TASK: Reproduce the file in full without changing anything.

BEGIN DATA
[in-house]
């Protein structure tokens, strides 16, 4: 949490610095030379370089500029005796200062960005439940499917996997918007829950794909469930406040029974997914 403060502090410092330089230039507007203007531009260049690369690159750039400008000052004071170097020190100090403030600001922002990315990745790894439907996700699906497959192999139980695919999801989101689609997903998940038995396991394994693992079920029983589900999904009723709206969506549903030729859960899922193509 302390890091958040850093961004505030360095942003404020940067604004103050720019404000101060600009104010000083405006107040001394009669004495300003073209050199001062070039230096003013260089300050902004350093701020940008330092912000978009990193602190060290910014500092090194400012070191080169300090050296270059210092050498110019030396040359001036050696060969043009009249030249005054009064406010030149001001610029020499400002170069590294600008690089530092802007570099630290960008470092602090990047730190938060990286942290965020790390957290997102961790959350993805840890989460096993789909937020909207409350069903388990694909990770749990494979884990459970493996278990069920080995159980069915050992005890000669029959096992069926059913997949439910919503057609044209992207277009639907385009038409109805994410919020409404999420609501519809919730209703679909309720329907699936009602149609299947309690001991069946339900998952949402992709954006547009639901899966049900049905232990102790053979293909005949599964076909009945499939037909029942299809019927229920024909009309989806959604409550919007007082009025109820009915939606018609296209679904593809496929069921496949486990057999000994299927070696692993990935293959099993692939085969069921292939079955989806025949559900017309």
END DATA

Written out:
[in-house]
């Protein structure tokens, strides 16, 4: 949490610095030379370089500029005796200062960005439940499917996997918007829950794909469930406040029974997914 403060502090410092330089230039507007203007531009260049690369690159750039400008000052004071170097020190100090403030600001922002990315990745790894439907996700699906497959192999139980695919999801989101689609997903998940038995396991394994693992079920029983589900999904009723709206969506549903030729859960899922193509 302390890091958040850093961004505030360095942003404020940067604004103050720019404000101060600009104010000083405006107040001394009669004495300003073209050199001062070039230096003013260089300050902004350093701020940008330092912000978009990193602190060290910014500092090194400012070191080169300090050296270059210092050498110019030396040359001036050696060969043009009249030249005054009064406010030149001001610029020499400002170069590294600008690089530092802007570099630290960008470092602090990047730190938060990286942290965020790390957290997102961790959350993805840890989460096993789909937020909207409350069903388990694909990770749990494979884990459970493996278990069920080995159980069915050992005890000669029959096992069926059913997949439910919503057609044209992207277009639907385009038409109805994410919020409404999420609501519809919730209703679909309720329907699936009602149609299947309690001991069946339900998952949402992709954006547009639901899966049900049905232990102790053979293909005949599964076909009945499939037909029942299809019927229920024909009309989806959604409550919007007082009025109820009915939606018609296209679904593809496929069921496949486990057999000994299927070696692993990935293959099993692939085969069921292939079955989806025949559900017309």